Rep. Huffman Introduces Northwest California Wilderness, Recreation, and Working Forests Act
Washington, D.C.- After incorporating community input and ideas from across Northwest California, Rep. Huffman (D-San Rafael) introduced improved legislation today to guard communities against wildfires, provide local jobs, restore lands impaired by illegal marijuana growing operations, and protect many of Northwest California’s spectacular wild places and pristine streams.
Huffman’s Northwest California Wilderness, Recreation, and Working Forests Act would restore national forest land and fish habitat, stimulate local economies through forest stewardship programs, enhance recreational opportunities including through trails and visitor centers, and reduce fire danger. The legislation would not limit hunting or fishing, close any legally open roads or trails to vehicles, or affect access to or the use of private property.
“From the majestic Smith River to the ancient redwoods and old-growth forests, and the rugged mountains in between, our public lands are worth protecting and restoring for future generations to enjoy,” said Rep. Huffman. “Today, some of these landscapes are not fully protected, and others are not managed to their full potential: we can do more to ensure fire resilience, support healthy wildlife, and spur outdoor recreation. After hearing from countless constituents and stakeholders on my draft legislation to address these issues, I’m introducing the Northwest California Wilderness, Recreation, and Working Forests Act, a carefully developed bill to protect the communities and lands we value the most. I’m grateful for all the constituents who took the time to share their thoughts and innovative ideas, which ultimately shaped the bill I introduced today.”
During this process, Rep. Huffman consulted with many stakeholders including: dozens of community leaders, tourism organizations, outdoor recreation groups, restoration specialists, tribes, county supervisors, conservation groups, timber industry, forestry experts, fisheries scientists, fire ecologists, and business owners.
Huffman’s office has received over 200 letters of support and heard from constituents at four public meetings in Eureka, Crescent City, Weaverville, and Ukiah.
Interested individuals can explore a map of these proposals.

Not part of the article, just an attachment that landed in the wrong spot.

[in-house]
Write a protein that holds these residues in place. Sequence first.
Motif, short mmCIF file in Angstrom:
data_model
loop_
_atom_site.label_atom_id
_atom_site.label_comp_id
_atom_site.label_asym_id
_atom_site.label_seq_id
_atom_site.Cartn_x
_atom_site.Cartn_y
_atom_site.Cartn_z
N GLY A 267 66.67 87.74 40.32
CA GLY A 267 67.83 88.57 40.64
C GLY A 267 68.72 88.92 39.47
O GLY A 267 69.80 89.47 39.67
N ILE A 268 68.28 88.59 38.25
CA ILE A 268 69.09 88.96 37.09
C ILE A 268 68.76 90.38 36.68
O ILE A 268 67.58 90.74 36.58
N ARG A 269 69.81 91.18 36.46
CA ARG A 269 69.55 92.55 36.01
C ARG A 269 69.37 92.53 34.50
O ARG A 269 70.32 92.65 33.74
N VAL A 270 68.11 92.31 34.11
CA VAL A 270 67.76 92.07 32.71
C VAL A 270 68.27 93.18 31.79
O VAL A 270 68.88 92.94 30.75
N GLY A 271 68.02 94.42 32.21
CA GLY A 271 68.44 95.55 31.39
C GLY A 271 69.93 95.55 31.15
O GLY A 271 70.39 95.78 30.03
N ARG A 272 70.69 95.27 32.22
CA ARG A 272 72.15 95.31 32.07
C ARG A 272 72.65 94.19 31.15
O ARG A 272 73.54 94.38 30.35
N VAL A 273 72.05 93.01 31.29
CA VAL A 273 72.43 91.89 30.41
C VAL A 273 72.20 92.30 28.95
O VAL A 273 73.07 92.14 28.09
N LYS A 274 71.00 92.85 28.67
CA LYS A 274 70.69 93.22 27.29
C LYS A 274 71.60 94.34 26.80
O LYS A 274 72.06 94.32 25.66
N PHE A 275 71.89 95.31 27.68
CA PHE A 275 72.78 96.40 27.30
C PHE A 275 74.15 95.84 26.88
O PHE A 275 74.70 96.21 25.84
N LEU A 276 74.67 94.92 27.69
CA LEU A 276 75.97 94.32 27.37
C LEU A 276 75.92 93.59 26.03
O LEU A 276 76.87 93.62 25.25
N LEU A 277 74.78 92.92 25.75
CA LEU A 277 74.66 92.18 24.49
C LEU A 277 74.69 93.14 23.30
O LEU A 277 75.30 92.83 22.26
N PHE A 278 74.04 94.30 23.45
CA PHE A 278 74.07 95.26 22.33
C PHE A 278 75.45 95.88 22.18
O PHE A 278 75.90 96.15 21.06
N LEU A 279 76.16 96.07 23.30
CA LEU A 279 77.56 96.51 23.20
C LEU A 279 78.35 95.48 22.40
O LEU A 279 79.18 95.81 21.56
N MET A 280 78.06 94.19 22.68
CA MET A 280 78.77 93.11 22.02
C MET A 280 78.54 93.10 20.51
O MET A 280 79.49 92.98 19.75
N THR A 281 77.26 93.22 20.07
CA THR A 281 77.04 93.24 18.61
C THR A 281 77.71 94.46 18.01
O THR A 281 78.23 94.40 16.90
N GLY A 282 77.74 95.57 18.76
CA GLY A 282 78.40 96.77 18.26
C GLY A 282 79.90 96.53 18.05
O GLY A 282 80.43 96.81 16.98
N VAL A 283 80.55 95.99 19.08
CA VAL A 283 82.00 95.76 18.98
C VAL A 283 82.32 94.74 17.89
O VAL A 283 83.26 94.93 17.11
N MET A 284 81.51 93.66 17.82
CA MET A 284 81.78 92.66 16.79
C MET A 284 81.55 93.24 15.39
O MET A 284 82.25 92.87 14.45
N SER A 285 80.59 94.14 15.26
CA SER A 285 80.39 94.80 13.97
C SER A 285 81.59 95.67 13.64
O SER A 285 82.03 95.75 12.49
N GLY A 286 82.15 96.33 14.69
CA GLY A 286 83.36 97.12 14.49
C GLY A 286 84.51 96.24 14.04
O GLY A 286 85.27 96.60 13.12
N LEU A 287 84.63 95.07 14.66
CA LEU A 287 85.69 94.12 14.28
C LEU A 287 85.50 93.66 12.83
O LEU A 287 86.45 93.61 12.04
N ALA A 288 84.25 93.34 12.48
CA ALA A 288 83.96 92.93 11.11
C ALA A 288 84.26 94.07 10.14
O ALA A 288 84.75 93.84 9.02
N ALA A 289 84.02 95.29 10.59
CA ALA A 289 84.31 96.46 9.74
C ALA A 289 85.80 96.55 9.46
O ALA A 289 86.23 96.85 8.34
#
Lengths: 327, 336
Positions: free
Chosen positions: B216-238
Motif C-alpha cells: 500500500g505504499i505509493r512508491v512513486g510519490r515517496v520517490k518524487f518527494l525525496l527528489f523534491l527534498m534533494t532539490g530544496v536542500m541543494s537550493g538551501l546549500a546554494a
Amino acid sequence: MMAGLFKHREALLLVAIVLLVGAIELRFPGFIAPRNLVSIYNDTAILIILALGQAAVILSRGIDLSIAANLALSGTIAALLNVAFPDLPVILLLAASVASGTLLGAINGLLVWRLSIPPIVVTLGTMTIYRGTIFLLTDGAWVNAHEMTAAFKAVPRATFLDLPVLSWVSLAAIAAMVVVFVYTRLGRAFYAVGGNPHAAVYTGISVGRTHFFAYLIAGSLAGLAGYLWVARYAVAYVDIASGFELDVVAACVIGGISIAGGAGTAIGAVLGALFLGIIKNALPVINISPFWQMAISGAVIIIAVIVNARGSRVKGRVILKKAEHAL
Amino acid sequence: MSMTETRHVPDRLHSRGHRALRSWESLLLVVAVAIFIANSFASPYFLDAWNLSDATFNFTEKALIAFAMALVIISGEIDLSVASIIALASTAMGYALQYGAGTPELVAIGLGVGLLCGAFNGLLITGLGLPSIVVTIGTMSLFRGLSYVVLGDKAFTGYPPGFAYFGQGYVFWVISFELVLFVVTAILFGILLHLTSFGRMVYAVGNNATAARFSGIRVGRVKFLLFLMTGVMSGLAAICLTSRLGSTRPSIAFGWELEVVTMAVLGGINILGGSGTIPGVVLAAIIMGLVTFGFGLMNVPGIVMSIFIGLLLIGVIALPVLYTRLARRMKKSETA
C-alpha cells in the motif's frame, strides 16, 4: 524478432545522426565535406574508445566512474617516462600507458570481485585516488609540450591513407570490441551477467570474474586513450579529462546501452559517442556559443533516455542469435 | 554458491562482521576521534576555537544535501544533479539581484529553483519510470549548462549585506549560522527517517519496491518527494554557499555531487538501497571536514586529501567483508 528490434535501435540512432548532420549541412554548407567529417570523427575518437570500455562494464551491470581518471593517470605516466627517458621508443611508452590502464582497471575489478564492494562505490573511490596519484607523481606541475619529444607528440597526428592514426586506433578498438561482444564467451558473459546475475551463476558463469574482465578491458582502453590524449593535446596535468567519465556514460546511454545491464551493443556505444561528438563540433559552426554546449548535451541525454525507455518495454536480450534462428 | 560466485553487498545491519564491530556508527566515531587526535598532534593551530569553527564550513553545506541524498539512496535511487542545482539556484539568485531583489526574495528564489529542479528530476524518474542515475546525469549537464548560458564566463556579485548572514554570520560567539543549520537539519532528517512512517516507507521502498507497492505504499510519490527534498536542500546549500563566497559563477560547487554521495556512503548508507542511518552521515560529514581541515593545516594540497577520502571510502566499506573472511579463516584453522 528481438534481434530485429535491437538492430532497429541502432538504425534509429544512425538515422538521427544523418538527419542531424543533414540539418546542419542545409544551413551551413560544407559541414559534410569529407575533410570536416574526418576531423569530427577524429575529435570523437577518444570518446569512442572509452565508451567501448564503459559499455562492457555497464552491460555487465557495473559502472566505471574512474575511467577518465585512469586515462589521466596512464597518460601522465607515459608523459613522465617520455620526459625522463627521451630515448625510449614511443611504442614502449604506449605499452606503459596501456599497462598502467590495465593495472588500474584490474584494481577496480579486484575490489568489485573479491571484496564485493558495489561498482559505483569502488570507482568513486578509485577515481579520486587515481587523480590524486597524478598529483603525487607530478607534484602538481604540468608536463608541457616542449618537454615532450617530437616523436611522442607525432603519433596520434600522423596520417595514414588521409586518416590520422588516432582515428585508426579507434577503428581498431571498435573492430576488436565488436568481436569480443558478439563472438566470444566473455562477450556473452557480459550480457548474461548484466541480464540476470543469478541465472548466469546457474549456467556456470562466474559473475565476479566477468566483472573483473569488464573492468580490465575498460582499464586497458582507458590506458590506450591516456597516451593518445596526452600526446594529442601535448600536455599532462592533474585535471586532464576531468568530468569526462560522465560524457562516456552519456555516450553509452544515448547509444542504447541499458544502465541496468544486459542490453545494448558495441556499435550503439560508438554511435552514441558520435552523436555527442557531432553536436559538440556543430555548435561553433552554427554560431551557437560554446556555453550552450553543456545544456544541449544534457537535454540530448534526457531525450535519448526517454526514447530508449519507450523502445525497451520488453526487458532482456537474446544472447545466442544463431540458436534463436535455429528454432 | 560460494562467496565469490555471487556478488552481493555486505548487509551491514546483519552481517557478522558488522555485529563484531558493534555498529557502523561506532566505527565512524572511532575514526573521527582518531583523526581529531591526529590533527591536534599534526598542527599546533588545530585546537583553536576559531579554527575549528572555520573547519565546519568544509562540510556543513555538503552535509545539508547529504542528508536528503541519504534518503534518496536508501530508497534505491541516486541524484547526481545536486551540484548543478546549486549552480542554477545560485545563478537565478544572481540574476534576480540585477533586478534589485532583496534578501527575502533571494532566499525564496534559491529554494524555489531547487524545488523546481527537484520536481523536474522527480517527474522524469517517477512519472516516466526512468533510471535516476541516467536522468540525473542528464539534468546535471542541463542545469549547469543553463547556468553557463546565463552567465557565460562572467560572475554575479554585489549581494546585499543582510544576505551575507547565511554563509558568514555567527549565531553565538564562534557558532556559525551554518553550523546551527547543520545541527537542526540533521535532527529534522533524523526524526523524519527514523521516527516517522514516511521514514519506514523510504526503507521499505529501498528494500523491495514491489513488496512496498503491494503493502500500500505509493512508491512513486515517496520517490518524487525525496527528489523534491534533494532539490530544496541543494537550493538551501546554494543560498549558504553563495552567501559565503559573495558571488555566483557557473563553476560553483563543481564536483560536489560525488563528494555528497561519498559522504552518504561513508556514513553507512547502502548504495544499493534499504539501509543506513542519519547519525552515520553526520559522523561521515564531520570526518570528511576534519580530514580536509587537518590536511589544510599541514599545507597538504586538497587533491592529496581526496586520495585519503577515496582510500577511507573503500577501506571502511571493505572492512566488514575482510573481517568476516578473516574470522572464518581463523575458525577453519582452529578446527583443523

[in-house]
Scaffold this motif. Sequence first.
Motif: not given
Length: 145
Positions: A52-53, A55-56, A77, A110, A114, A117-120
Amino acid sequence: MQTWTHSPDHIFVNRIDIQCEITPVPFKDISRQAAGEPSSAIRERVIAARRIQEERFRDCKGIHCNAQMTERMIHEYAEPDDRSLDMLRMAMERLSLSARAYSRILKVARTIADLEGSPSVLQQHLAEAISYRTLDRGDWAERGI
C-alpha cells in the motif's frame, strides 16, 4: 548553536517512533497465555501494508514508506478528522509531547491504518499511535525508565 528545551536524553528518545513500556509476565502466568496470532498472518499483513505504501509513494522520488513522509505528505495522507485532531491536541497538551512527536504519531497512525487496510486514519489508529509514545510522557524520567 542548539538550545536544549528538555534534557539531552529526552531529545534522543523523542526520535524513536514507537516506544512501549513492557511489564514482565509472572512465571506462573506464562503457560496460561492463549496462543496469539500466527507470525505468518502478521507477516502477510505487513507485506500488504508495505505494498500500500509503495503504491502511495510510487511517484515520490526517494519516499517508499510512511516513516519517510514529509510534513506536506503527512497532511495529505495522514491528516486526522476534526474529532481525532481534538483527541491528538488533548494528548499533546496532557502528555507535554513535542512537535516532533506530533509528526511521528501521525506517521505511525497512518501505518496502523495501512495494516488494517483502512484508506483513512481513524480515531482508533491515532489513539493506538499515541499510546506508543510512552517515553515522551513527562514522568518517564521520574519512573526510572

Specifically, the Northwest California Wilderness, Recreation, and Working Forests Act would:
Restore and Revitalize Forests and Watersheds:
- Designate a 730,000-acre South Fork Trinity-Mad River Restoration Area in the South Fork Trinity River, Mad River, and North Fork Eel watersheds in Trinity and Humboldt counties. Within this area, the ecological health of previously logged forests will be improved and the danger of unnaturally severe fires will be reduced through a careful program of individual tree-removal, especially within “shaded fuel-breaks.” Within these fuel-breaks, the trees with the greatest potential to provide the most shade over the longest period of time will be retained including, but not limited to, hardwoods like oaks and madrones. This will improve forest diversity, decrease fire danger along roads where most human-caused fires occur, and help young groves of trees develop into mature forest more quickly. Any proceeds generated from these projects will be returned to fund additional restoration in the Restoration Area, including steps to improve habitat for endangered salmon and steelhead trout.
- Establish a partnership of federal, state, and local entities that can help to clean and restore federal public lands in northwestern California affected by illegal trespass marijuana grows. Illegal marijuana growing on public lands has catastrophic impacts on wildlife and water quality and it poses serious threats to public safety. Experience shows that when illegal growing sites are fully cleaned up and restored that they are far less likely to be used again for trespass cultivation.